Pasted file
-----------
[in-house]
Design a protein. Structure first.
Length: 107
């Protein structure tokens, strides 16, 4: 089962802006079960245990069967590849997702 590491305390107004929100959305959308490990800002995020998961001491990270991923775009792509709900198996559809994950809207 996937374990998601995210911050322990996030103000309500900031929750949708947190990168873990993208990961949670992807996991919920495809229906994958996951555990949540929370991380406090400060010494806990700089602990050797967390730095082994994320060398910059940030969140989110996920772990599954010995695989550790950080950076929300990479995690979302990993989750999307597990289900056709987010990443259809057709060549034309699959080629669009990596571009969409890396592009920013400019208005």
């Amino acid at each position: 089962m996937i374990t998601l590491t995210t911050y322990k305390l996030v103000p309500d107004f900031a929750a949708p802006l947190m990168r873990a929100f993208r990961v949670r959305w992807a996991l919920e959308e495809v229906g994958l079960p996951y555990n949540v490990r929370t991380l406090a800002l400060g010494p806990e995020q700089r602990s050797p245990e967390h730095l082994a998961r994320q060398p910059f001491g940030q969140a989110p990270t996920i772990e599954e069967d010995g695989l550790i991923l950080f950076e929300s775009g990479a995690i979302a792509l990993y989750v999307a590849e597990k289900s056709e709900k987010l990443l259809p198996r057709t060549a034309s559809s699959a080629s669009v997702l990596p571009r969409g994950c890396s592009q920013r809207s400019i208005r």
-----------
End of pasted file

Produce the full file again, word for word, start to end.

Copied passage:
[in-house]
Design a protein. Structure first.
Length: 107
């Protein structure tokens, strides 16, 4: 089962802006079960245990069967590849997702 590491305390107004929100959305959308490990800002995020998961001491990270991923775009792509709900198996559809994950809207 996937374990998601995210911050322990996030103000309500900031929750949708947190990168873990993208990961949670992807996991919920495809229906994958996951555990949540929370991380406090400060010494806990700089602990050797967390730095082994994320060398910059940030969140989110996920772990599954010995695989550790950080950076929300990479995690979302990993989750999307597990289900056709987010990443259809057709060549034309699959080629669009990596571009969409890396592009920013400019208005």
């Amino acid at each position: 089962m996937i374990t998601l590491t995210t911050y322990k305390l996030v103000p309500d107004f900031a929750a949708p802006l947190m990168r873990a929100f993208r990961v949670r959305w992807a996991l919920e959308e495809v229906g994958l079960p996951y555990n949540v490990r929370t991380l406090a800002l400060g010494p806990e995020q700089r602990s050797p245990e967390h730095l082994a998961r994320q060398p910059f001491g940030q969140a989110p990270t996920i772990e599954e069967d010995g695989l550790i991923l950080f950076e929300s775009g990479a995690i979302a792509l990993y989750v999307a590849e597990k289900s056709e709900k987010l990443l259809p198996r057709t060549a034309s559809s699959a080629s669009v997702l990596p571009r969409g994950c890396s592009q920013r809207s400019i208005r």